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TV Architecture Supporting Multiple 3D


Services

Anthony Vetro, Wang-He Lou and Mark Flynn

TR2010-006 March 2010

Abstract
This paper describes changes to the television architecture to support 3D video, with emphasis
on the receiver and display processor. It is expected that multiple 3D services will be available
in the near future. While the current 3-D Ready televisions are able to display uncompressed
stereoscopic video signals, the capabilities are limited and need to be expanded. To enable more
diverse sources of content, the television will also need to handle compressed stereoscopic for-
mats from various delivery channels. Components of the television architecture that are impacted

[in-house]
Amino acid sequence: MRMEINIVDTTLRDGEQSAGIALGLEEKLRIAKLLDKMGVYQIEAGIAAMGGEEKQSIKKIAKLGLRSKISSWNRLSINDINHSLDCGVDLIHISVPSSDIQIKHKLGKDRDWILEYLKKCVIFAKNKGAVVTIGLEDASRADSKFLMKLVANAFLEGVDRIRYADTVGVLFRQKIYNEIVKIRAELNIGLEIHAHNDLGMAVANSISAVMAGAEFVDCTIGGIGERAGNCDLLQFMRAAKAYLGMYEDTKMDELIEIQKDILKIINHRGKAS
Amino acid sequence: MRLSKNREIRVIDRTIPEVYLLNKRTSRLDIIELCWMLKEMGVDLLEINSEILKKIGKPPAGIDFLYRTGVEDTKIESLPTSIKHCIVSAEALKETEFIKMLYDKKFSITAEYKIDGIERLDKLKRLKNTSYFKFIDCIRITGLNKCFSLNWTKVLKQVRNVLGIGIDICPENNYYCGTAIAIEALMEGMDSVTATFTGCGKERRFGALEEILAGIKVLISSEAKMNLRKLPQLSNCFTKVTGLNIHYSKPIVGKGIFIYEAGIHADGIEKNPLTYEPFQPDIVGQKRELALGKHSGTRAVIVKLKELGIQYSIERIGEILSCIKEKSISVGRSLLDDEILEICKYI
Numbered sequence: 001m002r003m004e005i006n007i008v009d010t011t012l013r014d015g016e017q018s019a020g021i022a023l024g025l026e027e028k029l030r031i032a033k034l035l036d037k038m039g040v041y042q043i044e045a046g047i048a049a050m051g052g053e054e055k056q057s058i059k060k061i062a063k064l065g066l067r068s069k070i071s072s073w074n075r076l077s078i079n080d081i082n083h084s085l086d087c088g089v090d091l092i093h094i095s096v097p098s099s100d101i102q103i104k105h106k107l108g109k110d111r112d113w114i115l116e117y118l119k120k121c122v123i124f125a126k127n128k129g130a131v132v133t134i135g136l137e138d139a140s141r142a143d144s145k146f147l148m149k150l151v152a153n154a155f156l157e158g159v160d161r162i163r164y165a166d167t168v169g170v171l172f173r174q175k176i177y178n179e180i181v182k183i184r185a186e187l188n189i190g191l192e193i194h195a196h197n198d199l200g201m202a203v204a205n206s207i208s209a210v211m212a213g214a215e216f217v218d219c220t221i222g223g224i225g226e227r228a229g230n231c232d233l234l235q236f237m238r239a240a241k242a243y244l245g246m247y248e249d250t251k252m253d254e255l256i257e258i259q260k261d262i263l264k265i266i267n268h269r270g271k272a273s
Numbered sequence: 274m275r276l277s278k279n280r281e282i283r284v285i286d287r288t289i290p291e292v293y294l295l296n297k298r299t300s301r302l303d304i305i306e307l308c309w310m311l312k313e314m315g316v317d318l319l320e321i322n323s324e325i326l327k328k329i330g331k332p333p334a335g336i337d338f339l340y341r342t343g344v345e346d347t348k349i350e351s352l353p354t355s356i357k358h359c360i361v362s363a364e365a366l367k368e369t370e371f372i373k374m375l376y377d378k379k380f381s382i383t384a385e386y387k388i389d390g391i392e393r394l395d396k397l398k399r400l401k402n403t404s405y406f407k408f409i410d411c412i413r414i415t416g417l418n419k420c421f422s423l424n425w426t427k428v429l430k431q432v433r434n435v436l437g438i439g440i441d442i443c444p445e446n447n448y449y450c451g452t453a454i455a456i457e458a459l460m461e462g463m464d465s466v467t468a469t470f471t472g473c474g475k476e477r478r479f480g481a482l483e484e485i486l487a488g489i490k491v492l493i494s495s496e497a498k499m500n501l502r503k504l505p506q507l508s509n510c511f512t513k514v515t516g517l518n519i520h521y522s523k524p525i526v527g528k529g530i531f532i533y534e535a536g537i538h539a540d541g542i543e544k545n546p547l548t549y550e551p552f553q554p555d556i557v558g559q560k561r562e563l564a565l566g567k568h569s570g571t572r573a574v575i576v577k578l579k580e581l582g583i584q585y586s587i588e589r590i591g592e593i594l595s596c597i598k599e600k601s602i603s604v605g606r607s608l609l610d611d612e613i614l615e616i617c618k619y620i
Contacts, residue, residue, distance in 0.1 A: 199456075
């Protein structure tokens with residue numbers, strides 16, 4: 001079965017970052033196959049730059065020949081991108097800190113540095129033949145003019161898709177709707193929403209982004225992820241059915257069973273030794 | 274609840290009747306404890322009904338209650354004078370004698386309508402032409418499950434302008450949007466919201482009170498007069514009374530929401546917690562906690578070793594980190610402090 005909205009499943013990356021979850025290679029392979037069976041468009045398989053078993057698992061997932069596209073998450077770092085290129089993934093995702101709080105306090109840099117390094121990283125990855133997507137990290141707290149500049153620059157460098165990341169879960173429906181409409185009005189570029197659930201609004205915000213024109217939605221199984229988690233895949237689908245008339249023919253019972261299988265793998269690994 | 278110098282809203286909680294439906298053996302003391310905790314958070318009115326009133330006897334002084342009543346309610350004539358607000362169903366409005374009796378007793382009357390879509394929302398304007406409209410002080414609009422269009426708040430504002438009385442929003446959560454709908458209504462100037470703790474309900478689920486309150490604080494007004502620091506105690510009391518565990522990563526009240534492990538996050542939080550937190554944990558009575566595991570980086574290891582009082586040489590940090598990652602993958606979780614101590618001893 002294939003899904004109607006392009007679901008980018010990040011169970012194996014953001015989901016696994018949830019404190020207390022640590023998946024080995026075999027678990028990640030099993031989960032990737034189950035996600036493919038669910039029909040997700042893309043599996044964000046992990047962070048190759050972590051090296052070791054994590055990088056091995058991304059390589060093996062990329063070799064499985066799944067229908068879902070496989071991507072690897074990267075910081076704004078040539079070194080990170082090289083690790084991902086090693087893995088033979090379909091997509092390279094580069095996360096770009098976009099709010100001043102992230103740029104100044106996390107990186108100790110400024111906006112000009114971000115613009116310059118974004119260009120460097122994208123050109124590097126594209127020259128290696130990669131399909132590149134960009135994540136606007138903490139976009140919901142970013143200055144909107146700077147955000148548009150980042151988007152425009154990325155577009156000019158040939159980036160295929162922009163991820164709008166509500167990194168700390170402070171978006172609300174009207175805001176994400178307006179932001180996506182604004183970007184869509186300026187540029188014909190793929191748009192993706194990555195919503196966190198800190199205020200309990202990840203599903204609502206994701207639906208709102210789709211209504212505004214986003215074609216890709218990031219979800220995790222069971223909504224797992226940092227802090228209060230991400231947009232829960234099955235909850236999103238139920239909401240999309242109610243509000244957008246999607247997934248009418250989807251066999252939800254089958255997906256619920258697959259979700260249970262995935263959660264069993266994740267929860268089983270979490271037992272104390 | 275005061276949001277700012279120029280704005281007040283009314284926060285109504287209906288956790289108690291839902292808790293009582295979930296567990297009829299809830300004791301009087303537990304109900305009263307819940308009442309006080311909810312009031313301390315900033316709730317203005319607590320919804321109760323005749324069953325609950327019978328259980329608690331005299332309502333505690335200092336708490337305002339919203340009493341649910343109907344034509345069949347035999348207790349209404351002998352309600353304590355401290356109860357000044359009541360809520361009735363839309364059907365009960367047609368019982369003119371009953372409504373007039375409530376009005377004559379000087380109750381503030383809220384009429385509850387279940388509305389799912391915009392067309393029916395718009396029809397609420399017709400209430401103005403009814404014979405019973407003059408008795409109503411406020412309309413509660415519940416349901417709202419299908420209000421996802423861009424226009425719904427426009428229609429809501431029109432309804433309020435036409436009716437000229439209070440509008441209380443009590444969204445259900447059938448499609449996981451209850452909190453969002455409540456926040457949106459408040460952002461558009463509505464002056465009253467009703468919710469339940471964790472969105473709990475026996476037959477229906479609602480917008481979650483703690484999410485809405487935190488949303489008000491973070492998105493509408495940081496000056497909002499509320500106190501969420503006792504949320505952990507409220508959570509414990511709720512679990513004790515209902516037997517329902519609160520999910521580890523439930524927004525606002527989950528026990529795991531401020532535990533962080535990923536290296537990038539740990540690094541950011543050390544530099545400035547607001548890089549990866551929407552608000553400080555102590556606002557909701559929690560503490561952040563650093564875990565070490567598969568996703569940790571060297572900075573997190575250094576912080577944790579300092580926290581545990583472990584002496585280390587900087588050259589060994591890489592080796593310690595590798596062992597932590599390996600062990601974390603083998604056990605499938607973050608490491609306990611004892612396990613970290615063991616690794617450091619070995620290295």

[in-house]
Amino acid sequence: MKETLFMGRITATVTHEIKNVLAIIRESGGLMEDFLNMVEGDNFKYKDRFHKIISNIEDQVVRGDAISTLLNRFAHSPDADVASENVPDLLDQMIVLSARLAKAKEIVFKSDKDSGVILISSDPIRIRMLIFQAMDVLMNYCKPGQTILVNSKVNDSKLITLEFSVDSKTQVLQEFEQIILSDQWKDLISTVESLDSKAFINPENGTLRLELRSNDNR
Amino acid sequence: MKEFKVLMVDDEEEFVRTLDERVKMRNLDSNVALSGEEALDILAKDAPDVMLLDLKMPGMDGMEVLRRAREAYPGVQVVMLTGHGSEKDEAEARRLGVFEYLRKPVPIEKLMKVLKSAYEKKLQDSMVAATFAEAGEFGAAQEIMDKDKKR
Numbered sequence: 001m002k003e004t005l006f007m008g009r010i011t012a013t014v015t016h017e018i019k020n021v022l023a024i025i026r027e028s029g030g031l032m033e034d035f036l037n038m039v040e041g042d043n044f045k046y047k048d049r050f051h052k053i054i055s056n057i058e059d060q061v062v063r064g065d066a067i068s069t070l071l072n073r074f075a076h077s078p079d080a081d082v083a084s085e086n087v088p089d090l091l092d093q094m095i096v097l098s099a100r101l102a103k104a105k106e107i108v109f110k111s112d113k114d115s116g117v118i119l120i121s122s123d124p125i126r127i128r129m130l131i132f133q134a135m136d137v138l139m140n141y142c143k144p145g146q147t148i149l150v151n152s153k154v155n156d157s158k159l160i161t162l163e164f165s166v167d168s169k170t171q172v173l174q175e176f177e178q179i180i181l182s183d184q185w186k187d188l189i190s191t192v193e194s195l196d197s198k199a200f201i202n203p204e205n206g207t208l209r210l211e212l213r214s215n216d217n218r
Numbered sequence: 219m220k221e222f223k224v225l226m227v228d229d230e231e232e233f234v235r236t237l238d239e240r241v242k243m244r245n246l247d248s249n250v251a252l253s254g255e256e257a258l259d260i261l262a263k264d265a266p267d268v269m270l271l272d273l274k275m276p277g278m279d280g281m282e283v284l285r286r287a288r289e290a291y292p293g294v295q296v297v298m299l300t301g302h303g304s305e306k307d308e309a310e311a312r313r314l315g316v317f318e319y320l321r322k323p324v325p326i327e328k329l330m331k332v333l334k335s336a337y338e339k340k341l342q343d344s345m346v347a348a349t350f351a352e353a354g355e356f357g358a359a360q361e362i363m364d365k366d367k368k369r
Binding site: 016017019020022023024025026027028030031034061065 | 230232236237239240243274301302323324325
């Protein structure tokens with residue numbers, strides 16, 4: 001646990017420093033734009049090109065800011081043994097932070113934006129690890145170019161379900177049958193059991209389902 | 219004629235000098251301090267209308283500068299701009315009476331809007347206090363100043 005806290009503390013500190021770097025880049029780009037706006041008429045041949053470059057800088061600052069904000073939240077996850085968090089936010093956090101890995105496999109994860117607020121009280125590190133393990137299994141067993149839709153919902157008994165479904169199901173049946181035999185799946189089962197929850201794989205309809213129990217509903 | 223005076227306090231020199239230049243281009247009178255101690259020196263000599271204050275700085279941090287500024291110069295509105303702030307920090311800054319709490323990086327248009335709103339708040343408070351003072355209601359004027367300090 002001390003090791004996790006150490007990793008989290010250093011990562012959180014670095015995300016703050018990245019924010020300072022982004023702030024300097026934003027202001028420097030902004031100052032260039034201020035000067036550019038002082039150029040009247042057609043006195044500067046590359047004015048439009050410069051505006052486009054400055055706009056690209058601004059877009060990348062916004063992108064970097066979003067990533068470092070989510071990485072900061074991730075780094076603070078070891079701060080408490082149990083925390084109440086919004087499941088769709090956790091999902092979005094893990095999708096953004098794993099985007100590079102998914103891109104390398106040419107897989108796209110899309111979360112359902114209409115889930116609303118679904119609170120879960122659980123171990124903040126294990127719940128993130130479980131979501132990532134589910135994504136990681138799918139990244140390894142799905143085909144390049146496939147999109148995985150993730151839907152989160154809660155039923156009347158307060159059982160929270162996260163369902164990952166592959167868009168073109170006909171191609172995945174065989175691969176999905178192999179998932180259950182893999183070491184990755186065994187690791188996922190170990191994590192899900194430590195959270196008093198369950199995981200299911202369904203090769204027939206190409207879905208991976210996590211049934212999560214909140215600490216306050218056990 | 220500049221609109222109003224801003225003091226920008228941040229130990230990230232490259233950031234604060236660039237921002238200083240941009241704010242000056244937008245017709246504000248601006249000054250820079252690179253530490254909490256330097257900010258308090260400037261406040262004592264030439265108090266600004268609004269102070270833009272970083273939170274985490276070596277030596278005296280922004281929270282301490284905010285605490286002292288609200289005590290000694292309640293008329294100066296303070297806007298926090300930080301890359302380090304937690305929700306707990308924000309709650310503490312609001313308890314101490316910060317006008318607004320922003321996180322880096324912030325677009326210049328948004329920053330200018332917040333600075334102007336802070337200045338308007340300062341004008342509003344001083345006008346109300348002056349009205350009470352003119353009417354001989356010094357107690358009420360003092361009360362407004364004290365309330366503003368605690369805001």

by new content sources are discussed, and standardization efforts that aim to achieve interoper-
ability with the television receiver and display functionalities are also highlighted.

IEEE International Conference on Consumer Electronics

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MERLCoverPageSide2
3.4-5
TV Architecture Supporting Multiple 3D Services
Anthony Vetro1, Wang-He Lou2 and Mark Flynn2
1
Mitsubishi Electric Research Labs, Cambridge, MA, USA
2
Mitsubishi Digital Electronics America, Irvine, CA, USA

Abstract — This paper describes changes to the television


II. SYSTEM ARCHITECTURE
architecture to support 3D video, with emphasis on the
receiver and display processor. It is expected that multiple 3D A high-level overview the TV architecture including receiving